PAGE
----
Clip Job: an excerpt every day from the Voice archives.
May 1, 1969, Vol. XIV, No. 29
by Robert Christgau
I think people are missing the point of “Nashville Skyline,” which is as it should be, since they were probably supposed to. The beauty of the album is that it is totally undemanding. In the past, it was always possible to enjoy Dylan without trying to understand him; I don’t think he would have achieved his post-folk popularity otherwise. Even if you found his metaphors opaque and his situations sursurreal, you could still dig him — Dylan-himself in the that-man-himself sense, Dylan the presentation — for, comprehensible or not, Bob Superstar was always lurking in the inflections of that endless wit as well as out front in the persona shifts that have always defined his career.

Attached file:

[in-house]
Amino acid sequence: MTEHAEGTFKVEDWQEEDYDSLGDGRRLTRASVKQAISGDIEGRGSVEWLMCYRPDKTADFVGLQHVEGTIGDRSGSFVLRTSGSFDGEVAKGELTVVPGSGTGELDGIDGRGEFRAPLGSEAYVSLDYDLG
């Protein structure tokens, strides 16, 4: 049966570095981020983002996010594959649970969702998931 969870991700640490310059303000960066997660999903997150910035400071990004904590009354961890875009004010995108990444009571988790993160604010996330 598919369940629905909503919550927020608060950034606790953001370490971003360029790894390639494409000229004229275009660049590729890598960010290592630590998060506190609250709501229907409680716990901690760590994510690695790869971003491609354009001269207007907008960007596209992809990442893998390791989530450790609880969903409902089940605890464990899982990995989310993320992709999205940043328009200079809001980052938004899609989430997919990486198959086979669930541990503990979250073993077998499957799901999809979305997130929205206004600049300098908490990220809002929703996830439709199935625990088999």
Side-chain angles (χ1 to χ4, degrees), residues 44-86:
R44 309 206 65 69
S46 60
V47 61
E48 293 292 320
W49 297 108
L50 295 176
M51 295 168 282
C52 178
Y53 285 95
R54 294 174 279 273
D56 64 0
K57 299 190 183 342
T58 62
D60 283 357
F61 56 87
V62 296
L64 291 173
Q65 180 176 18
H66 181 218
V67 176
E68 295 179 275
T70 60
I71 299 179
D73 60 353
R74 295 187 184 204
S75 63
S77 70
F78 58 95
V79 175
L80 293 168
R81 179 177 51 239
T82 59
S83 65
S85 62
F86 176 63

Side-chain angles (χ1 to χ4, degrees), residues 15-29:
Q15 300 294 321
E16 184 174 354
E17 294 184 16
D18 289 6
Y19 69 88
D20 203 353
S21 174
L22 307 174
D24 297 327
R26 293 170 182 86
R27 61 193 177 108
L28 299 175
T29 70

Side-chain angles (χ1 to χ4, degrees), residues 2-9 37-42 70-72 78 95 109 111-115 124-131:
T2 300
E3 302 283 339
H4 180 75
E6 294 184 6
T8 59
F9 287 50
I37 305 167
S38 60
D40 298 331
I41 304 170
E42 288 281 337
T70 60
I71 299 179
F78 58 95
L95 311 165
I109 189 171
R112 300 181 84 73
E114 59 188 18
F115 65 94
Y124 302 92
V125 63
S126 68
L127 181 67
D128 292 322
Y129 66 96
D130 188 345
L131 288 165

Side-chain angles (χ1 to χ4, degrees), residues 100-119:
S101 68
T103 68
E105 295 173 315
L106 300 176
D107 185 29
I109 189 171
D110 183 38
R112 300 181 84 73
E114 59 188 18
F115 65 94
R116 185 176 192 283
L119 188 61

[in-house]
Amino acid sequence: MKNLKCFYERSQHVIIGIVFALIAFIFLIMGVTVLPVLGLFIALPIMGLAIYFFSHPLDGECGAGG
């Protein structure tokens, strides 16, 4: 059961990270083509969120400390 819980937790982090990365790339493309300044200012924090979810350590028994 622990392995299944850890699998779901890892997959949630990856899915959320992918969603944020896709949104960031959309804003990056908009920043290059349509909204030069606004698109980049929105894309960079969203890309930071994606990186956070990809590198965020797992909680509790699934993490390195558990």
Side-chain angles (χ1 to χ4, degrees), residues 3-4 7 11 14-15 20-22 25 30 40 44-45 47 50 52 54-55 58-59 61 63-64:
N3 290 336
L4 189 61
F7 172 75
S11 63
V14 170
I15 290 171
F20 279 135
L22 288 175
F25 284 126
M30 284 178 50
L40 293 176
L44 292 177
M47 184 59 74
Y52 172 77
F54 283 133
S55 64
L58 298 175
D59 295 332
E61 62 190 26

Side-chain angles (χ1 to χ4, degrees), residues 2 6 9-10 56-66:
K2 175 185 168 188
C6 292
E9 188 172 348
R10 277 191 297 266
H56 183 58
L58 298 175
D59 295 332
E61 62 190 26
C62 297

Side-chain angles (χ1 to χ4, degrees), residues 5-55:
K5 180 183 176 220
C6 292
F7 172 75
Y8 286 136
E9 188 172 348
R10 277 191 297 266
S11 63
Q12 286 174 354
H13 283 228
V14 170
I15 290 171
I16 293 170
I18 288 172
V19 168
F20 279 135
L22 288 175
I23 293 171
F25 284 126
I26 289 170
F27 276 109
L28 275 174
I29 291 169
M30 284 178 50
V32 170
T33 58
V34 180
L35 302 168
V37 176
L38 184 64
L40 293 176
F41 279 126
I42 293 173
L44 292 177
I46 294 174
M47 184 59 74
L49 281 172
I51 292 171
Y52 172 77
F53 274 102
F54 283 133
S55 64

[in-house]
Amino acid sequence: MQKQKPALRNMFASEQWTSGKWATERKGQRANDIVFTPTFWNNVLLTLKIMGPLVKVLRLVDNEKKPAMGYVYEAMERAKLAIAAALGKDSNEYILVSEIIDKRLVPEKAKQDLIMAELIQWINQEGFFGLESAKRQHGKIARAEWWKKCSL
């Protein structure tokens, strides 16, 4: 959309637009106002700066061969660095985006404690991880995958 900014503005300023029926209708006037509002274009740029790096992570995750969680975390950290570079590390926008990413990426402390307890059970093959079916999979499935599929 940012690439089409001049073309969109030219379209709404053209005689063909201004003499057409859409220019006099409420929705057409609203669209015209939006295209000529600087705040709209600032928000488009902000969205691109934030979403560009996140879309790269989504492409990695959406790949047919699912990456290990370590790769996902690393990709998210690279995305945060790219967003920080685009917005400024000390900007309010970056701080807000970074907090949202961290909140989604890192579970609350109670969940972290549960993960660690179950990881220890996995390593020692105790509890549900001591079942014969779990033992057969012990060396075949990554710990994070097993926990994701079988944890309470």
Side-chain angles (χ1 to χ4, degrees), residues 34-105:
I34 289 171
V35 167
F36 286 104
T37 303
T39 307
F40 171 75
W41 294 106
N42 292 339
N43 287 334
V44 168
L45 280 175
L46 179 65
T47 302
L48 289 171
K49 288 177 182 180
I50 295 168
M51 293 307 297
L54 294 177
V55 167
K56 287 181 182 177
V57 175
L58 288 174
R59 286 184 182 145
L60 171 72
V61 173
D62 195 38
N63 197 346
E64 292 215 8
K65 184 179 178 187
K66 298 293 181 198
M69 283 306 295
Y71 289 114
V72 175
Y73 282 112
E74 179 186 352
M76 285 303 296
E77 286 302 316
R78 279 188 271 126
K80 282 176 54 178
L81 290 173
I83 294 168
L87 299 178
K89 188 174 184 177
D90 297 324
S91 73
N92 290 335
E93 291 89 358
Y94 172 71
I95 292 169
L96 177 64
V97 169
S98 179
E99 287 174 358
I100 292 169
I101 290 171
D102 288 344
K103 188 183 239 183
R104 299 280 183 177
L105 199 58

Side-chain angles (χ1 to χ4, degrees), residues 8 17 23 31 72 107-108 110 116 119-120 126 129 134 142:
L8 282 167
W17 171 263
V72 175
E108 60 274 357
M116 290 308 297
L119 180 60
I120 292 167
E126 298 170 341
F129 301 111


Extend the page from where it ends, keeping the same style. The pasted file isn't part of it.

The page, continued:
But you never felt you had him pinned down. Granting the two obvious exceptions, the songs on that great blow for simplicity (and it was, it was), “John Wesley Harding,” were as gnomic as any of his previous work — less action-packed, less grandiloquent, but finally elusive. Only the kind of know-nothing know-it-all that Dylan and his epigones seem to attract by the thousands could ever believe he had held that album for the count of three. But as everyone knows, this record is different. The songs are so one-dimensional they seem contrived, as if daring the know-it-alls to search out the symbolism. Unfortunately, even though Dylan seems in too genial a mood to actually be daring anybody, the know-it-alls can be expected to take him up on it.